In May 2021, I was frantically typing out two essays and re-checking my work on my math final on the last day of the semester. An episode of Newhart droned on the TV as background noise. I was alone in the house, and I was in the zone.
Until my mother came in and disturbed my perfect solitude. “Annie,” she said, “We brought home a surprise for you.”
“What is it?” I replied, not taking my eyes off my laptop screen. She had been unusually long picking my brother up from school that day, so I figured she had gone shopping or something.
“Well…” she said, smiling, “you have to go outside for it. It’s out there.” A feeling of dread washed over me. “What could it be? I know you didn’t buy me a car.”
“Go outside,” my mom said in a lilting tone.
Oh no, I thought, getting up from my work. Whatever’s going on is going to be a huge interruption. I walked out of the house and down our long driveway to the backyard, and there, by the big tree, stood my brother, Jack. Holding a leash. Which was attached to a little brown puppy, sniffing around the vast trunk.
“No,” I said, almost whining. “No, no, no! Why? You didn’t!”
“But she’s so cute! Look at her, Annie!” cried Jack, picking up the dog and looking all of eight years-old rather than eighteen.
My mother just laughed and agreed with him. After a weekend of tears, dismay, and festering annoyance, it became clear to me that if we took the dog back now, we’d look like the biggest heels in the greater Philly area. So, I reluctantly agreed that we could keep her, and the little brown puppy became our Sally. Let’s be clear. Sally is a troublemaker, just as I suspected. She sniffs everything. She tears up pillows and couch cushions. She refused to wear the Halloween costume we bought for her. Somehow, she digs out old toys that no one has touched since 2006 and chews them to shreds.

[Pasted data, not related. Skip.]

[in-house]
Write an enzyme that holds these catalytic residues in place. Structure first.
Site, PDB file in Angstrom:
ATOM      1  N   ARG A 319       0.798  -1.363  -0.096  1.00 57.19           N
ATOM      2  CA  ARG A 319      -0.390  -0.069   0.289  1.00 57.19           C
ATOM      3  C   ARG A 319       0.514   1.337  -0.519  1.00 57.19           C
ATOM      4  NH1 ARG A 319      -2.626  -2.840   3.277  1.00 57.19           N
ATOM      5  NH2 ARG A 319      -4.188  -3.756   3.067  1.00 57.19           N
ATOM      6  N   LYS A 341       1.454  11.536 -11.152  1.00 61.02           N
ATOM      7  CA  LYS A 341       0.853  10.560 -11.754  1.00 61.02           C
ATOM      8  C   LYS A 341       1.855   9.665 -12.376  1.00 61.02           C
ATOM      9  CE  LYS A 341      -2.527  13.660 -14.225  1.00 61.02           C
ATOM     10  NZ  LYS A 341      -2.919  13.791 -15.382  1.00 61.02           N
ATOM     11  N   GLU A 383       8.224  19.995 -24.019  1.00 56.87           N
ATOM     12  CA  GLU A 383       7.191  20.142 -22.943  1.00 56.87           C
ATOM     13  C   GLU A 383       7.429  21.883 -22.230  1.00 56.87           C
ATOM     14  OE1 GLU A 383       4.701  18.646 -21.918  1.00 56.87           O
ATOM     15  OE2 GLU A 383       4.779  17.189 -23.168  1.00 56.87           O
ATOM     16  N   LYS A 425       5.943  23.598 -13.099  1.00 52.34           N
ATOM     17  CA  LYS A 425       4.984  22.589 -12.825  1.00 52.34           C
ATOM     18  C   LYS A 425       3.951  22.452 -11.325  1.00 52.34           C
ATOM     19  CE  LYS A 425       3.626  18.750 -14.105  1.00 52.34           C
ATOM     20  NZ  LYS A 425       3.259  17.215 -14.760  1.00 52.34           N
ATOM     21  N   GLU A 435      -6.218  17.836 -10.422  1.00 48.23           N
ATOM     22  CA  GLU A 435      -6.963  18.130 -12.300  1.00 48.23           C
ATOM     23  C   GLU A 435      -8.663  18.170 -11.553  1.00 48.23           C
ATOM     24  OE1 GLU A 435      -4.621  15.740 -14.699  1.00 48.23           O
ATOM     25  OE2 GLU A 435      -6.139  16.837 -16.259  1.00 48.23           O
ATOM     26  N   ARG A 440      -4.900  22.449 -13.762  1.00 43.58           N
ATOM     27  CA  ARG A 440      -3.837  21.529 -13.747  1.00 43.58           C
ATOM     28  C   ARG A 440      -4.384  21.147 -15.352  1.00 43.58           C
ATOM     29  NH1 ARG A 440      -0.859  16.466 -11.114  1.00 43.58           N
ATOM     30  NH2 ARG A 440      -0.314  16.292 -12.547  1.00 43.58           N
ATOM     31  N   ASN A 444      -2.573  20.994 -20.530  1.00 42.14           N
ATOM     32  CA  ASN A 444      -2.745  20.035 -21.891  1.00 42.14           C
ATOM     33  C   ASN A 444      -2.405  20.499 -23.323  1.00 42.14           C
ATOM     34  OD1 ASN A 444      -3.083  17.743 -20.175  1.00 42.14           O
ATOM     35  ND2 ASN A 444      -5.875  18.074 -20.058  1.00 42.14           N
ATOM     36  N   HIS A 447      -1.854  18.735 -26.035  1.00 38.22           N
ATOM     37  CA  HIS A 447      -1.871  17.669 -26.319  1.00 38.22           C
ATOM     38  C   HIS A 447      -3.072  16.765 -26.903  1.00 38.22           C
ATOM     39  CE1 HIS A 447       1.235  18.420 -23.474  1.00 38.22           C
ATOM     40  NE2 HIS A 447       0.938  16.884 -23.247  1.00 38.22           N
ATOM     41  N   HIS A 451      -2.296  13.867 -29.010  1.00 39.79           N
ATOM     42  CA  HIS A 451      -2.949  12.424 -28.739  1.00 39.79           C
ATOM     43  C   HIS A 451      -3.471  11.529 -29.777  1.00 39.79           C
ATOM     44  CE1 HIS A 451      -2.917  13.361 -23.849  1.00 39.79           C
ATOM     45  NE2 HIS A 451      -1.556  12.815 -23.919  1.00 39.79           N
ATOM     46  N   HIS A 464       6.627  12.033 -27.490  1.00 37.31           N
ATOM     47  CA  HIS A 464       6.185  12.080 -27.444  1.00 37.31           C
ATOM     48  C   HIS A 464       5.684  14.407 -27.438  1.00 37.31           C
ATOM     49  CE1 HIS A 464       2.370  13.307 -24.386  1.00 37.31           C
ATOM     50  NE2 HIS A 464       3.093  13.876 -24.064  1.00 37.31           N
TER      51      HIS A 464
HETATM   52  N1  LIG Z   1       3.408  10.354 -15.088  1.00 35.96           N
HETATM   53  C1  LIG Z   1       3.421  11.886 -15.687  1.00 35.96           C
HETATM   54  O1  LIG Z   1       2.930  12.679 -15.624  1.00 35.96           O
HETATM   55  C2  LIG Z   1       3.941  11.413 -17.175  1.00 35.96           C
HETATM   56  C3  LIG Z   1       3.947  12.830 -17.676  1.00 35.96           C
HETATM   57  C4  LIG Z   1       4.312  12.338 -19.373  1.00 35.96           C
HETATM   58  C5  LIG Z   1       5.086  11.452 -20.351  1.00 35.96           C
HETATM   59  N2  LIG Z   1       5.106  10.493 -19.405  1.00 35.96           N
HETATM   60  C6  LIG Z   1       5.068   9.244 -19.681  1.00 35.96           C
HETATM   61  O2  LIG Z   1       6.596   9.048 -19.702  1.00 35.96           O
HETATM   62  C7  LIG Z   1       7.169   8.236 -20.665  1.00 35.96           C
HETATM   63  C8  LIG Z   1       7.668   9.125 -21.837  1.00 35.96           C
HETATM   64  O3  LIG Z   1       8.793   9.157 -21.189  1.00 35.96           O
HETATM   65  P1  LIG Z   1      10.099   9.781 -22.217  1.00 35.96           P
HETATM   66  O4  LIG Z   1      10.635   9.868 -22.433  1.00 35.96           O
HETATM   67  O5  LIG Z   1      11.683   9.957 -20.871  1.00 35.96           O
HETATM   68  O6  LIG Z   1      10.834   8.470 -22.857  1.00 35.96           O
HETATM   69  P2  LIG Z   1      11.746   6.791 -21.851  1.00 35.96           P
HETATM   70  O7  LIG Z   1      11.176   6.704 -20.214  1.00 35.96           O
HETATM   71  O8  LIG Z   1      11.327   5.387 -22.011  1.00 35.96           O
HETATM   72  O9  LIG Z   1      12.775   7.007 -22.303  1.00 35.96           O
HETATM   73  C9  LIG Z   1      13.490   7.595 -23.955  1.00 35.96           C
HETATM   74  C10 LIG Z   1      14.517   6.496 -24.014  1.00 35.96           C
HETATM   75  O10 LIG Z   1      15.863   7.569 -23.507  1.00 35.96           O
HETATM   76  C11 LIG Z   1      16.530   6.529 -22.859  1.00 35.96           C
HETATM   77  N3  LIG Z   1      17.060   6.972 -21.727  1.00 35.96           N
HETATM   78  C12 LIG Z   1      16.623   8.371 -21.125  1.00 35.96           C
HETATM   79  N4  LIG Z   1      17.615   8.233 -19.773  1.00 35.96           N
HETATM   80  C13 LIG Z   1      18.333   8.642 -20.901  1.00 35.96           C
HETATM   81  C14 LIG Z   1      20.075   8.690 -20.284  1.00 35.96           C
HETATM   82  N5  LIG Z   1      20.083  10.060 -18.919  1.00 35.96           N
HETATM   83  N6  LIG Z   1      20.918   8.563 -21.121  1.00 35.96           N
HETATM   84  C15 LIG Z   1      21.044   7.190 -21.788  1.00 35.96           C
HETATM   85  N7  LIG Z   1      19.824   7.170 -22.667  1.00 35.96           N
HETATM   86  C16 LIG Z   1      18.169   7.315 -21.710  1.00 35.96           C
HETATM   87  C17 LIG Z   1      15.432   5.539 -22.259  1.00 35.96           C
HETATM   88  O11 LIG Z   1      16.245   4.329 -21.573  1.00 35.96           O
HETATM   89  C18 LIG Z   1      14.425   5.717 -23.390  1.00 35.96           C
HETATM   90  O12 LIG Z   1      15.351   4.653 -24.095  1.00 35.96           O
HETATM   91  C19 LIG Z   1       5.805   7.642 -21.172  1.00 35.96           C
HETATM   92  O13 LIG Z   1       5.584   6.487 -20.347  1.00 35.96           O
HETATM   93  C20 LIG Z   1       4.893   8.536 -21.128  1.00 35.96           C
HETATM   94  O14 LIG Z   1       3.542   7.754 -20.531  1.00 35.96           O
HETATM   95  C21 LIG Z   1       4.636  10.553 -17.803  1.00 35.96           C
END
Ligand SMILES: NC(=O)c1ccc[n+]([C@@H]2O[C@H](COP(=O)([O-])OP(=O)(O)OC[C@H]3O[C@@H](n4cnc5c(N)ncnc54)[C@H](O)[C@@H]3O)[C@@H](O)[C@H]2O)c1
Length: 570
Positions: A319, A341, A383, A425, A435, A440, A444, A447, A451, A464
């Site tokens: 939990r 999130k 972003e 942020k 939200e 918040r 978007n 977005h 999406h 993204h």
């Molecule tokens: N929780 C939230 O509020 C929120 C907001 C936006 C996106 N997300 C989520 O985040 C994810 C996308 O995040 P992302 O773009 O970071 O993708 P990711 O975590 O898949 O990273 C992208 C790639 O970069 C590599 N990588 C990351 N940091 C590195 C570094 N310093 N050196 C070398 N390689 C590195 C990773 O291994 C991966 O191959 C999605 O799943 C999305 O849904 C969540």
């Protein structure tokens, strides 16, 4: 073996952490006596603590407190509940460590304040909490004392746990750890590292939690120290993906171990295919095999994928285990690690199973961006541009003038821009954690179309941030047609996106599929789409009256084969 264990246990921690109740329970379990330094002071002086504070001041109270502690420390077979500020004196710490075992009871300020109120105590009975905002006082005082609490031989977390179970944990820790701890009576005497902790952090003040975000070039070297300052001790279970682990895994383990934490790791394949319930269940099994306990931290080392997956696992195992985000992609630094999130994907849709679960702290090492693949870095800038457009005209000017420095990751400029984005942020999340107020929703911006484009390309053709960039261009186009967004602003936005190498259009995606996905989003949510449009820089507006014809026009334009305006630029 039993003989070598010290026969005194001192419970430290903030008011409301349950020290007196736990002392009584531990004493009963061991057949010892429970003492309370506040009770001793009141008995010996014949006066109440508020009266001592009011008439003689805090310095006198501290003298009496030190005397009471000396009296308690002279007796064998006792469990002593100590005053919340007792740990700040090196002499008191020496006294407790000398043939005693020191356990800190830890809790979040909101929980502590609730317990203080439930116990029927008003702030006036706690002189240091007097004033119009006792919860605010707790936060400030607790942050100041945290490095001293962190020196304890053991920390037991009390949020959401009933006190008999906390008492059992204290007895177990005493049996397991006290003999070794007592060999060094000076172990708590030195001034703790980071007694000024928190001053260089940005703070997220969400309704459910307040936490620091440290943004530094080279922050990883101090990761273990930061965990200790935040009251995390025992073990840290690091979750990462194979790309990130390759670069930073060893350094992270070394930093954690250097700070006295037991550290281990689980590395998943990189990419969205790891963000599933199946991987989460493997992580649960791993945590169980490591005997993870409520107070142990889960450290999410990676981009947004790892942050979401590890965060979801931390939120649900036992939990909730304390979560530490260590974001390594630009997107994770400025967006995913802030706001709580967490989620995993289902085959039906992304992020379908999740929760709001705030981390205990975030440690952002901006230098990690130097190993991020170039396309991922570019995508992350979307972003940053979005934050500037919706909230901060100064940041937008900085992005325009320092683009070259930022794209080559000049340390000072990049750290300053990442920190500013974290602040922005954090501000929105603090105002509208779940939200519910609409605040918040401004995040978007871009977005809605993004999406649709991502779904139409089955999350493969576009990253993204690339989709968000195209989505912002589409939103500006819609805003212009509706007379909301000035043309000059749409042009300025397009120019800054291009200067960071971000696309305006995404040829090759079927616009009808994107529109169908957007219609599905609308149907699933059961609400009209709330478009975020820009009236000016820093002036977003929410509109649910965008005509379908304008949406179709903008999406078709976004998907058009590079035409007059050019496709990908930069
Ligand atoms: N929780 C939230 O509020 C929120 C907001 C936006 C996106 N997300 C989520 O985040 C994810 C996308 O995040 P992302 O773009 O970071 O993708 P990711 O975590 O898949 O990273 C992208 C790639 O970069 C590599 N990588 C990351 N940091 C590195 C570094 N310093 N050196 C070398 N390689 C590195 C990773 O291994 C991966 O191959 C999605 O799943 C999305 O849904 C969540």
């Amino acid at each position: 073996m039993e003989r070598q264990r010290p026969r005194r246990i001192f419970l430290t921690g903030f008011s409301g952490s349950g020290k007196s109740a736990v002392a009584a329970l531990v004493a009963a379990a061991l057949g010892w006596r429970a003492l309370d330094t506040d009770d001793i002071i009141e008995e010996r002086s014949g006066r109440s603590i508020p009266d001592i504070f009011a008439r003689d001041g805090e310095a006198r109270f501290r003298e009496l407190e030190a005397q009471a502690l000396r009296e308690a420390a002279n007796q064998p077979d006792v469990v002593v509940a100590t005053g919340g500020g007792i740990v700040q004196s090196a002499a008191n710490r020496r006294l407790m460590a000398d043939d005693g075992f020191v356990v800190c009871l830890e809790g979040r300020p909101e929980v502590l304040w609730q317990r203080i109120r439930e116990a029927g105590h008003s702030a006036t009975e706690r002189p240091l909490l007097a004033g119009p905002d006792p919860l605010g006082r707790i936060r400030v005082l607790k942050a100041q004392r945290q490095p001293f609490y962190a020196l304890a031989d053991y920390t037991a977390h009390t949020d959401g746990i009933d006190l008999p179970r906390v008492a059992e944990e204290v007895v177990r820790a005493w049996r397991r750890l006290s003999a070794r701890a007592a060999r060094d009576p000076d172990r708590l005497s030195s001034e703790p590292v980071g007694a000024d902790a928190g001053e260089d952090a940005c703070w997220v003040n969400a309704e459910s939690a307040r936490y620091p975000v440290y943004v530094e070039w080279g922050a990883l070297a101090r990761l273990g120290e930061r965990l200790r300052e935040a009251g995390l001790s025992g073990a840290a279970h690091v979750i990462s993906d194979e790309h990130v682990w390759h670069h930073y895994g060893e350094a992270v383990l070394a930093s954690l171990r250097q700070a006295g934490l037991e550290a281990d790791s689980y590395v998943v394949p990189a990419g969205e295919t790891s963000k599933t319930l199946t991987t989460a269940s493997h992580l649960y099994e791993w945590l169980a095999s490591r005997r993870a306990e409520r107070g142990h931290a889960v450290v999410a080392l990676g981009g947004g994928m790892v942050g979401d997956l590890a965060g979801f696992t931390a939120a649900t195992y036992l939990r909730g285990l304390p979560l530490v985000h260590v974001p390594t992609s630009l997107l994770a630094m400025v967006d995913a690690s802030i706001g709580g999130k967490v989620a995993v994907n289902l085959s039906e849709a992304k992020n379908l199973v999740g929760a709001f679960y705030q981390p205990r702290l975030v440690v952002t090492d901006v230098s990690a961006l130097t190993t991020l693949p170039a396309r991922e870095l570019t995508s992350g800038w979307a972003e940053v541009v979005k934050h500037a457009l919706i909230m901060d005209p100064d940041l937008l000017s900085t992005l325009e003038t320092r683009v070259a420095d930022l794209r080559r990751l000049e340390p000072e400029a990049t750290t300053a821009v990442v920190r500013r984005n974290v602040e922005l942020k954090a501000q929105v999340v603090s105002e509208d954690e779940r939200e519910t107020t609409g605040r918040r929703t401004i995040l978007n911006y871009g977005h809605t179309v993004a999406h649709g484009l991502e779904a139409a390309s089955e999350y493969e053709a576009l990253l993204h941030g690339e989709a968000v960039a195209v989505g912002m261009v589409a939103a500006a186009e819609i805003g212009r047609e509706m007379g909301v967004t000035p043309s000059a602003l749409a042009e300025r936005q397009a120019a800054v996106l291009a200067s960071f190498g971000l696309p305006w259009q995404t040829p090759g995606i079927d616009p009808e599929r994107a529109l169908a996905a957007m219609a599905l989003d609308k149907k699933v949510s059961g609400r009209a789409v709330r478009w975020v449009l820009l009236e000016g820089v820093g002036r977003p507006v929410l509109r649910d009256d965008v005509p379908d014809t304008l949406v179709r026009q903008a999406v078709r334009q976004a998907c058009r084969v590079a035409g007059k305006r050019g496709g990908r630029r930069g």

Jack has called her a “holy terror.” But my family – including me – loves her anyway. I would be lying if I said I wasn’t at least a little fond of her, despite my teasing remarks calling her a “dumb dog.” But it’s all in fun – and she knows I can be trusted to take her on the longest walks, longer than anyone else in the family. At the end of the day, I understand why they say that every family should have a dog at some point. With her big eyes, floppy ears, and wagging tail, my mom says that Sally would be a shooin for Best in Show at the National Dog Show if they had a “friendliest dog” category. What’s really cool is that this year I’ll be attending the Dog Show at the Expo Center in Oaks this year, so we’ll see how some of these prominent show dogs stack up to the wonderful Beagle mix I’ve got at home.
And on Thanksgiving Day, Sally, the family, and I will be watching the special broadcast on NBC. I may have to fend her off while I’m eating, though…
• The Kennel Club of Philadelphia’s National Dog Show is set for Saturday and Sunday
November 19-20, at the Greater Philadelphia Expo Center in Oaks. https://nds.nationaldogshow.com/
• The National Dog Show Presented by Purina airs Thanksgiving Day on NBC from noon – 2PM in all time zones.